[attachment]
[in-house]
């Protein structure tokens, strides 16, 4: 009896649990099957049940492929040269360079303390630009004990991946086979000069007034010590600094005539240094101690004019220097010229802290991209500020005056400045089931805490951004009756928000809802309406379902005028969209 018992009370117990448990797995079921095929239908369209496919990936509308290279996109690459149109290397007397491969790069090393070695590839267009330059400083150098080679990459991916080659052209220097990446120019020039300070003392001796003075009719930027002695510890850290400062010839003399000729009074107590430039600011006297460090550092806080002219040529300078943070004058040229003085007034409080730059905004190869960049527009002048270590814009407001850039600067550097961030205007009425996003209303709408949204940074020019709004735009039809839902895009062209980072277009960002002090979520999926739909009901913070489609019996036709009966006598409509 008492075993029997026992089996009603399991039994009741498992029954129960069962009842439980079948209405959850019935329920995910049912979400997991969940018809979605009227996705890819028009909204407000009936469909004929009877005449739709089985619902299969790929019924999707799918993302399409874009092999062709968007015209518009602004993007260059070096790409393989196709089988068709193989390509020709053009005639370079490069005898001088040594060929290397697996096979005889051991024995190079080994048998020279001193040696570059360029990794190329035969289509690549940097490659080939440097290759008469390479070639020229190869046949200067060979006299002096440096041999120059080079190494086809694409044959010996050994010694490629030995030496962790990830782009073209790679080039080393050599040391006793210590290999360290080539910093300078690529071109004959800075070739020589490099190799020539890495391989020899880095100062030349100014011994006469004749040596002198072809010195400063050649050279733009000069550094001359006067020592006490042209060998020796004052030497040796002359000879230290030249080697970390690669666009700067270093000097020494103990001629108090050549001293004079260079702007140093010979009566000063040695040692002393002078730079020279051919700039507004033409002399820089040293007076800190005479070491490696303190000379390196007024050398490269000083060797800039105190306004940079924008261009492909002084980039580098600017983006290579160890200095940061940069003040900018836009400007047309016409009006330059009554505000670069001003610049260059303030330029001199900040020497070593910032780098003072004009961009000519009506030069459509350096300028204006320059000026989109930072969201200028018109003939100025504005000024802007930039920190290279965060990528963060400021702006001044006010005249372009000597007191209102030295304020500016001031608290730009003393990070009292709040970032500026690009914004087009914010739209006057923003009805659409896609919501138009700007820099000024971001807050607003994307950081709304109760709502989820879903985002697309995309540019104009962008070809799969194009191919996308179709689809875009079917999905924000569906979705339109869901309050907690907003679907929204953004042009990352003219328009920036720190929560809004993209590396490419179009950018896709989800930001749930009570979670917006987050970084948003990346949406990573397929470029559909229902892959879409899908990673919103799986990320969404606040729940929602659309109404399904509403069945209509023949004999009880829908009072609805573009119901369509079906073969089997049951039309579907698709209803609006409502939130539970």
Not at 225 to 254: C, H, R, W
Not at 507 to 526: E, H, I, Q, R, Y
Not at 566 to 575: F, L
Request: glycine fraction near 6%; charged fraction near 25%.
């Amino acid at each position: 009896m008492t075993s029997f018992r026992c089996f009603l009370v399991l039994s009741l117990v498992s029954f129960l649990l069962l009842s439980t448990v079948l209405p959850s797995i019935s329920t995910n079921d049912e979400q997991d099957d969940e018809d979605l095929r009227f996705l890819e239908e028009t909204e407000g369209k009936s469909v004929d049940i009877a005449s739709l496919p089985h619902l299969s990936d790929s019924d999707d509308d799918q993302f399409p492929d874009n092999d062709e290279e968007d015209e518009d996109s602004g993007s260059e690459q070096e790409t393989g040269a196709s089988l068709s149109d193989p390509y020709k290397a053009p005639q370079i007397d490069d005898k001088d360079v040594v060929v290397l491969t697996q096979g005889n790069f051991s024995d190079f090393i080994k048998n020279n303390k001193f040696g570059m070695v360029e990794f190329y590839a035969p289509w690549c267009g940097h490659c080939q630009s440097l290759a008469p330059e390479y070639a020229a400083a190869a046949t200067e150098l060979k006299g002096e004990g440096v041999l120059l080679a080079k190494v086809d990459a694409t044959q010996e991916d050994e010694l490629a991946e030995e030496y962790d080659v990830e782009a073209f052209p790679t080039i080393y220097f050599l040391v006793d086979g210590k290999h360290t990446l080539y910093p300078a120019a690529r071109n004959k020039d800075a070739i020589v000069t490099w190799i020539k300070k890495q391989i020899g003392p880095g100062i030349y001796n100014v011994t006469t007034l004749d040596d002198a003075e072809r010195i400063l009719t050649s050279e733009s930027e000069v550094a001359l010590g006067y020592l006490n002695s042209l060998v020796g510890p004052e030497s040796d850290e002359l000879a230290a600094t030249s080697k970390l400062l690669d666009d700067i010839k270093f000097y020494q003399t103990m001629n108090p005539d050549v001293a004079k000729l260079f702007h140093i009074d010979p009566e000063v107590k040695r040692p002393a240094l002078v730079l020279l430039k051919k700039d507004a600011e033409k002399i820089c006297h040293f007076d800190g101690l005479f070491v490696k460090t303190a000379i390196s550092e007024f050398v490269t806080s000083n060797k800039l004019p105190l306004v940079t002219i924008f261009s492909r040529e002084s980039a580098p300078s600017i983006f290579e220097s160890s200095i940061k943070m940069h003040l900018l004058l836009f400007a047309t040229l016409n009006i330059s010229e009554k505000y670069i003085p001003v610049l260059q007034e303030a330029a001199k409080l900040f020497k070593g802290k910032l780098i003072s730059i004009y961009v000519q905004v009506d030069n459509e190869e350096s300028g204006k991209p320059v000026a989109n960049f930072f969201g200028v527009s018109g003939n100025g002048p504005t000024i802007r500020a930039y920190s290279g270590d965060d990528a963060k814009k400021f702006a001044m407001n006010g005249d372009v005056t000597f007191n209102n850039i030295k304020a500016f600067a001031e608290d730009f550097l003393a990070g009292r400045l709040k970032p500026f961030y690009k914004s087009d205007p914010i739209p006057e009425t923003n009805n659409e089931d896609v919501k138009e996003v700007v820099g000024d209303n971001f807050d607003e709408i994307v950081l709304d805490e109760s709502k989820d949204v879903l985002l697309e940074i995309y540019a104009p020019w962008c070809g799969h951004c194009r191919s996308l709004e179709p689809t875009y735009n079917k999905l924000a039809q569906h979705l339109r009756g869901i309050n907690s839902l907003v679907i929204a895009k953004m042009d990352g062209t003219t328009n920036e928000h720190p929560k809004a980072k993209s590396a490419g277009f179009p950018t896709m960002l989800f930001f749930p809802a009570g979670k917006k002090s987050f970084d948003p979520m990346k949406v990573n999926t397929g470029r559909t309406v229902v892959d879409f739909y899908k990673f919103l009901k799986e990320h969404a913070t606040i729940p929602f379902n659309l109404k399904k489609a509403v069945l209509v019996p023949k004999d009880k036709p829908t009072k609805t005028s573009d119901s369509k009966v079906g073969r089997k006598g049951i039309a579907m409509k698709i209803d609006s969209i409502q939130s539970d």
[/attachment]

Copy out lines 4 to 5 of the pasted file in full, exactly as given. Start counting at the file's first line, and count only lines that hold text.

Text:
Not at 507 to 526: E, H, I, Q, R, Y
Not at 566 to 575: F, L